Strangers In A New Land


On September 3, 1609, Henry Hudson and the English and Dutch men on the 80-ton Halve Maen (Half Moon) came within sight of the coastline where New York meets New Jersey today. The view of the sandy white beach backed by forest must have appeared Edenic to the perhaps 20 gaunt and exhausted men, who had endured most of the past five months crammed inside the 85-foot vessel, savaged by storms, frigid weather, and an oppressive diet. It was, Hudson would later observe, “as pleasant a land as one need tread upon” with abundant supplies of “timber suitable for shipbuilding, and for making large casks or vats.” The tall oak trees were a sure index of rich soil, while the waters yielded mullet, salmon, and a ray so large that it took four men to haul it onboard. But to these hardened men, something else lay beyond the trees that filled their dreams and made the costs of exploration well worth it.

Hudson and all European explorers of the 16th and 17th centuries knew that fame and immense riches would accrue to whomever found a quick new route to the vast markets of spices and silks in East Asia and the southwest Pacific. For almost a century, the English had sought a shortcut that would not only bring glory to their realm but also abet the larger Protestant mission of rescuing Christendom from the thrall of Rome. Of course, Hudson's backers had other goals too, above all the enormous fortunes that would reward control of the East Asia trade. The English East India Company, organized only a few years earlier, was already getting ships out of the Spice Islands laden with pepper, cinnamon, cloves, and nutmeg. But they had to follow the long course from India around Africa for thousands of miles, exposed to Barbary pirate slavers. Hudson realized that an Arctic passage despite its icebergs, barren country, and enigmatic and menacing inhabitants—could cut the distance and time substantially. A man of few words but of evident ambition and significant experience, he could have become as famous as Sir Francis Drake and buried his obscure origins under fame and wealth.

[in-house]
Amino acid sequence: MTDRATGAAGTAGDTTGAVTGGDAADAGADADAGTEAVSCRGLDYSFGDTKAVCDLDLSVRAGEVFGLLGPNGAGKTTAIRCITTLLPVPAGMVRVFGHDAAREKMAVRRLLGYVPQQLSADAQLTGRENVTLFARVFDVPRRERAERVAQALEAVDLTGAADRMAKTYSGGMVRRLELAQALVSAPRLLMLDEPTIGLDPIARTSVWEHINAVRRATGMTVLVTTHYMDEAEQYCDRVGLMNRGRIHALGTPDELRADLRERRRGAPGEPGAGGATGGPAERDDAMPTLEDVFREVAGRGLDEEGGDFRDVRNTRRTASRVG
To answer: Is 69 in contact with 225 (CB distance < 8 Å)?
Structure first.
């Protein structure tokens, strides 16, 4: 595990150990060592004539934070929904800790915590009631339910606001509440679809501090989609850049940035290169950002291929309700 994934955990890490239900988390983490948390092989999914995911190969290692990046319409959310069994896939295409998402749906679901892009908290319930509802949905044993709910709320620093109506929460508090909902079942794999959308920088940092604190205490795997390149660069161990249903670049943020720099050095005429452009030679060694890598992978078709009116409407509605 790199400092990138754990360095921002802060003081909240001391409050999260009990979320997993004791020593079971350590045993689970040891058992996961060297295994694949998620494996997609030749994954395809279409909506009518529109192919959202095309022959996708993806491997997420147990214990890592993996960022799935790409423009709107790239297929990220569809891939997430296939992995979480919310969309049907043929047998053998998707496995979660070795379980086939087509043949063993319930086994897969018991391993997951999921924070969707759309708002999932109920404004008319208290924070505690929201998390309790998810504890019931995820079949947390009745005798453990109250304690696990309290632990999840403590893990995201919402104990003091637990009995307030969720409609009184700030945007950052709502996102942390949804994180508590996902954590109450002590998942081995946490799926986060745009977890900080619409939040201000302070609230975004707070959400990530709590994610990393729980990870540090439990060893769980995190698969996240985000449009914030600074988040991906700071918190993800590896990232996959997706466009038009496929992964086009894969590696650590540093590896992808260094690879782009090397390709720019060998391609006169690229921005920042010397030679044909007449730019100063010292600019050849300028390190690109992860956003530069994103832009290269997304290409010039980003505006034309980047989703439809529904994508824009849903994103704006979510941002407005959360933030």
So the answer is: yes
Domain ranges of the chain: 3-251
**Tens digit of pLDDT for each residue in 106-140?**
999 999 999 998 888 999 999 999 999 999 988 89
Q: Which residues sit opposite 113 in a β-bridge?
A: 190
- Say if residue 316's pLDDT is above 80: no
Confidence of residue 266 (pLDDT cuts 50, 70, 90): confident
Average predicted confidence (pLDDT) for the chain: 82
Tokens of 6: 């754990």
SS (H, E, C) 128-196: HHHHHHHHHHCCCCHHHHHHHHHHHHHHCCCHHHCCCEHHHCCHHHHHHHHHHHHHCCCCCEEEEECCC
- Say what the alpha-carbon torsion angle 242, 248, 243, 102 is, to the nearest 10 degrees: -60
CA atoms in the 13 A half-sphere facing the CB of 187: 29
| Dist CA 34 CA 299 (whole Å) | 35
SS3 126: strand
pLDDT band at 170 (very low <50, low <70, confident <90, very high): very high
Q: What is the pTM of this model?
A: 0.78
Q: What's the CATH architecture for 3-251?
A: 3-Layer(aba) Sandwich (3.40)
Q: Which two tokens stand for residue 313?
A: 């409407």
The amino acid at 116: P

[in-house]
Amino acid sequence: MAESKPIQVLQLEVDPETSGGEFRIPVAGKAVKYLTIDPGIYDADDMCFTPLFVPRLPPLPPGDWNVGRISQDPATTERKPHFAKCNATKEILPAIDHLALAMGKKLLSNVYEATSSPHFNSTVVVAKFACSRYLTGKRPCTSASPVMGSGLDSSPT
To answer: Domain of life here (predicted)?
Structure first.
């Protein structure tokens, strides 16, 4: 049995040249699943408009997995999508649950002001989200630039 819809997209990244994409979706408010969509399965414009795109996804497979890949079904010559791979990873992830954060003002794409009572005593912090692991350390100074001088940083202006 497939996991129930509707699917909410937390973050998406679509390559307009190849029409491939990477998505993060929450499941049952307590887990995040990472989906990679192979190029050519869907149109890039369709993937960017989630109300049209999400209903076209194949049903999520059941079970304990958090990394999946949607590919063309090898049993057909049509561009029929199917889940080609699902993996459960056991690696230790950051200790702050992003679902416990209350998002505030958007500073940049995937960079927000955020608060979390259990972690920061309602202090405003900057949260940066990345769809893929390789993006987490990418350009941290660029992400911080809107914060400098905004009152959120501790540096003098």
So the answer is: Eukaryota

Two years earlier, he had led a mission that he hoped would take him over the top of the world, past the pole toward East Asia. This was the first of four voyages that made him one of the most intrepid and important explorers of his age—even as he failed in his quest for a way through ice to the lands of the sun, and even though his final voyage ended in mutiny, mystery, and quite possibly murder.

The Europeans on the Halve Maen soon found that they were not alone in this paradise. They first met the natives the day after they cast anchor; having made land in the ancestral territory of the Delaware (also known as the Lenape), which the local Munsee called Lenapehoking or “the Land of the People.” The ship's chronicler and first mate, Robert Juet, reported that the Munsee seemed happy to see the newcomers and willingly offered green tobacco in exchange for beads and knives. The Europeans found them “very civill” and marveled at their large supply of maize. On September 5 some of the crew ventured ashore in shallow-drafting rowboats known as shallops to fraternize and receive more tobacco. Some of the Indians ventured over to the Halve Maen , where they offered currants and hemp. Despite these peaceful exchanges, the English and Dutch men remained suspicious. They had perhaps heard tales traded around the docks at home of the unpredictability of America's native peoples.

On September 6 Hudson sent a party ashore to scout. They found meadows of plentiful flowers and grasses, as well as tall, fragrant trees. As they returned at dusk amid a rain storm, 26 Munsee paddled toward them in two canoes and attacked, wounding three of the five sailors. One of them, John Coleman, probably a veteran of Hudson's earlier failed East Indies mission two years before, took an arrow in his throat and died. Just as suddenly, the raiders then pulled away, leaving the survivors to bury Coleman in weary puzzlement. They named a point of land for him and maintained a watch the entire night. They returned at dawn to the Halve Maen . Encounters remained tense over the next few days, until the Europeans decided that they had rested long enough. It was time to explore the broad river that they hoped might lead them through the interior to the fabled Northwest Passage water route through North America.

Even after Coleman’s death, Hudson and his crew continued to trade with the Indians, frequently accepting the hospitality of these Algonquian peoples as they sailed up the river that one day would bear his name. But they also grew increasingly suspicious of the locals, scrutinizing each group before allowing some aboard and keeping an eye out for the villain who had murdered their shipmate.